Iraq’s Sunni Civil War

(By Juan Cole)

The attempt launched earlier this week by the Islamic State of Iraq and Syria (ISIS or ISIL) to take and hold city quarters in Falluja, Ramadi and Khalidiya in al-Anbar province has provoked an enormous political crisis in Iraq. The insurgents and supporters chased police and soldiers away from their stations, burned police stations and freed prisoners from jail in al-Anbar cities. ISIS years ago announced itself an affiliate of al-Qaeda, though the designation is largely symbolic, since the organization clearly does not take orders from Ayman al-Zawahiri, the al-Qaeda leader probably hiding out in Pakistan.

While the old Islamic State of Iraq was powerful in some areas at some times, it was a guerrilla organization that faded away when conventional troops came at it. ISIS had not actually held any part of Iraq on a day to day basis. It is likely that the idea of taking over al-Anbar cities was inspired by the ISIS operation in northern Syria, where it has taken territory away from the Baath government. ISIS fights for Sunni extremism on both sides of the border.

Fallujaj

The organization took advantage of al-Anbar anger at the al-Maliki government. Last weekend al-Maliki sent a swat team to arrest a prominent Sunni parliamentarian, accusing him of “terrorism.” It also took advantage of the Iraqi Army busying itself last Monday with dispersing a peaceful civilian protest outside Ramadi, which had closed the highway to Jordan to truck traffic.
The organization took advantage of al-Anbar anger at the al-Maliki government. Last weekend al-Maliki sent a swat team to arrest a prominent Sunni parliamentarian, accusing him of “terrorism.” It also took advantage of the Iraqi Army busying itself last Monday with dispersing a peaceful civilian protest outside Ramadi, which had closed the highway to Jordan to truck traffic. In the aftermath, some Sunni tribesman attacked Iraqi troops, and some of them may have thrown in with ISIS. Popular anger chased many police from their stations, leaving the cities open to occupation by the insurgents. By Thursday ISIS had taken over big swathes of some al-Anbar cities and its guerrillas had taken over the empty police stations. Allegedly half of Falluja had fallen to the al-Qaeda affiliate.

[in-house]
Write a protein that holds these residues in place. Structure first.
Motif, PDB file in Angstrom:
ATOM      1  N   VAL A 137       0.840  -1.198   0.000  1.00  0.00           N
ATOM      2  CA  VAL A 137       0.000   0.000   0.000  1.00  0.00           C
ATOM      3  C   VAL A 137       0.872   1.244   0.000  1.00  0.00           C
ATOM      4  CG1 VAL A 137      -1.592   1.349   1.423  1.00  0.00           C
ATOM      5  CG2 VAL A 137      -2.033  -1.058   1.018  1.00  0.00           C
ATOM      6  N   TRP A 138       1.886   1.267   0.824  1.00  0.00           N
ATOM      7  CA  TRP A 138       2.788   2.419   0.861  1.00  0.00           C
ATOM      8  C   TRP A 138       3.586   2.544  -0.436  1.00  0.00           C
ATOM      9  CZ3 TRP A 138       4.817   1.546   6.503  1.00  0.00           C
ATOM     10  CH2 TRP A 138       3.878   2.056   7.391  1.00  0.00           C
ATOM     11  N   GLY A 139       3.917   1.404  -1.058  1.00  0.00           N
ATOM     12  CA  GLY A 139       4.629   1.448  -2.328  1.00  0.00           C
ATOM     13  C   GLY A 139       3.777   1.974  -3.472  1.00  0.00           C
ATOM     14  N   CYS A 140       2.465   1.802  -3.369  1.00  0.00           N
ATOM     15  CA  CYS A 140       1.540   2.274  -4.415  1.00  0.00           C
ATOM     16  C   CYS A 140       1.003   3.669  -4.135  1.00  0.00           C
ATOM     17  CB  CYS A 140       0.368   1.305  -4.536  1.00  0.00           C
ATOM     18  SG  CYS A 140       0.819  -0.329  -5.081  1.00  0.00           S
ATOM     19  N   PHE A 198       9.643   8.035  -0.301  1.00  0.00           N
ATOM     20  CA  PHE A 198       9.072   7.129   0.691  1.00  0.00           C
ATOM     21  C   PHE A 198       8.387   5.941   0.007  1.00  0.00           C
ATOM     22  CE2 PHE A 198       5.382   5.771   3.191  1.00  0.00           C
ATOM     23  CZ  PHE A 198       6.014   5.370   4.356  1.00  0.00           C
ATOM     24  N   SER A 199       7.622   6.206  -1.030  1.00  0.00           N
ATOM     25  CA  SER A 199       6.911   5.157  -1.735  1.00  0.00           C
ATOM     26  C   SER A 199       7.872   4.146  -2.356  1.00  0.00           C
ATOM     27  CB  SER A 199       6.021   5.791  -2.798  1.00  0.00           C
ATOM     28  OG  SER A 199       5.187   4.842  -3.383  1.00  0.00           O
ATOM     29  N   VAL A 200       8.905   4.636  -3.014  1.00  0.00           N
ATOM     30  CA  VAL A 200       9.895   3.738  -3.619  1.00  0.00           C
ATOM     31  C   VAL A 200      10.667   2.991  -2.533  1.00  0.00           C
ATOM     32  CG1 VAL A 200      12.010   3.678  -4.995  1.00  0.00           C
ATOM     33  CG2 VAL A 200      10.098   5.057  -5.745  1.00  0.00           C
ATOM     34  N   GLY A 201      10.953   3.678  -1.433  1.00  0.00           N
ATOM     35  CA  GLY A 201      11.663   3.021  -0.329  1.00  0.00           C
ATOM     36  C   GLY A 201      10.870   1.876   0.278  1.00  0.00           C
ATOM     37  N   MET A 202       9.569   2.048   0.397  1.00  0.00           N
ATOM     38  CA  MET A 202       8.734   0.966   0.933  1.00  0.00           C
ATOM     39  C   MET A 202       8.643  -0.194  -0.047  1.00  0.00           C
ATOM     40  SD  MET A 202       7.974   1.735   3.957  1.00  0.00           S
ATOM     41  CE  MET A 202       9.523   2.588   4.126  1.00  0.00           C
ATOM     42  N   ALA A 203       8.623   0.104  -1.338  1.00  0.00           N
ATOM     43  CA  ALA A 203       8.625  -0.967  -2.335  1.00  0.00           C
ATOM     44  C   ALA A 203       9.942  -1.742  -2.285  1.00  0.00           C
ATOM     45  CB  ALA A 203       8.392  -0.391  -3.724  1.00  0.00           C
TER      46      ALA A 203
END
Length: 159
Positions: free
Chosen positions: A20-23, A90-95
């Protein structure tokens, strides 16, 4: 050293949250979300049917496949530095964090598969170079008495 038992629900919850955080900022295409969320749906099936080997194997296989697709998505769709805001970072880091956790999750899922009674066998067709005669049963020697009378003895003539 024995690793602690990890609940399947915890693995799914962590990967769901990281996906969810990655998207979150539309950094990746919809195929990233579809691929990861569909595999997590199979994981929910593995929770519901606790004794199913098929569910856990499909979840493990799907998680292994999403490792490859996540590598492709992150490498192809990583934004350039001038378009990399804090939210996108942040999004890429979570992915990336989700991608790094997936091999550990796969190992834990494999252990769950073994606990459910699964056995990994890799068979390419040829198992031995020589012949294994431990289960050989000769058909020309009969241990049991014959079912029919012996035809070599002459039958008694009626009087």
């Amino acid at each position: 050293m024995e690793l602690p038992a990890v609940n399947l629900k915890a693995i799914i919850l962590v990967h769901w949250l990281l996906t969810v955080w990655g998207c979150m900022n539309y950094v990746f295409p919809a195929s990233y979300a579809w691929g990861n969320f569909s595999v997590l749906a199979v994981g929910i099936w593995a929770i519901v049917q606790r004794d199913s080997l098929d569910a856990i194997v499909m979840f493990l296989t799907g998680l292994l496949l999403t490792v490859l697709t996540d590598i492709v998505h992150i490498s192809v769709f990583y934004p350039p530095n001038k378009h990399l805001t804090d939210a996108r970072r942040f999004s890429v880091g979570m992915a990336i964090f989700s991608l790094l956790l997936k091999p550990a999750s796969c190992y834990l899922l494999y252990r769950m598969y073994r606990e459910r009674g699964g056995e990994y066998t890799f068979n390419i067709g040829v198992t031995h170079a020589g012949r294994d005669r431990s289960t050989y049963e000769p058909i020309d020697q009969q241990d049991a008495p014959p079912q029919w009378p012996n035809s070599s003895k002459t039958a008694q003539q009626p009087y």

On Thursday, the Shiite government of Prime Minister Nouri al-Maliki conducted negotiations with Ahmad Abu Risha and his anti-al-Qaeda tribesmen (the Dulaim). By late Thursday, a deal had been struck, and Sunni tribal forces agreed to fight the ISIS units alongside Iraqi police and army.

On Friday, Iraqi troops and police launched a joint operation in Ramadi and Khalidiya to its south with Abu Risha’s tribal levies, pushing back ISIS in those cities. Abu Risha estimated that 60 ISIS fighters were killed during the operation and that ISIS leader Abu Abdel Rahman al-Baghdadi was among the dead. He said 46 were killed in Ramadi and 16 in nearby Khalidiya. He maintained that 80 percent of al-Anbar had been cleared of ISIS by late Friday.

A spokesman for Grand Ayatollah Ali Sistani, the Shiite clerical leader followed by most Iraqis of that branch of Islam, praised Abu Risha’s tribesmen for fighting alongside government troops against the al-Qaeda affiliate. He also seems to me to have implicitly criticized al-Maliki’s recent actions, saying that no one’s constitutional rights should be infringed because of the person’s sectarian allegiance. He also said the 2014 parliamentary elections offered hope to the country and demanded that voters be provided the security they needed to vote their consciences freely and without undue pressure.

Abu Risha called his campaign tribal “revenge” on al-Baghdadi. The Dulaim tribe of al-Anbar was first organized to fight al-Qaeda in western and northern Iraq by American generals, including David Petraeus, as “Awakening Councils” or “Sons of Iraq.” Al-Maliki never liked this project, seeing the Awakening Councils as Sunni militias that might easily turn on his government. But it appears that he suddenly rethought this position on Thursday. He likely promised Abu Risha substantial resources. There had been 100,000 Sunni fighters in the old Awakening Councils, but after the US withdrew it was alleged that only about 17,000 got government jobs and many of the others complained that they were left defenseless, without arms or funds from the government, and liable to reprisals from al-Qaeda.

Al-Arabiya is reporting that fighting also took place, with casualties in Falluja.

Iraqi military officers announced that they saw signs of ISIS reinforcements being assembled in Falluja and elsewhere, and said that the al-Qaeda affiliate still controlled parts of al-Anbar cities.

Heavy fighting was reported in east Falluja between tribal levies and ISIS, which continued to have a position in some neighborhoods.

The ability of ISIS to take over government buildings and police stations suggests a serious deterioration of capacity on the part of al-Maliki’s police and army in the Sunni regions west of Baghdad. That his government needed the help of Abu Risha’s Dulaim tribesmen suggests that his largely Shiite troops had been ineffective in this area.

Blame needs to be apportioned to ISIS, which is a horrible terrorist group full of hatred and intent on oppression of people, for its overweening ambition. Iraq is not Syria, that territory can be liberated in the medium to long term from government control.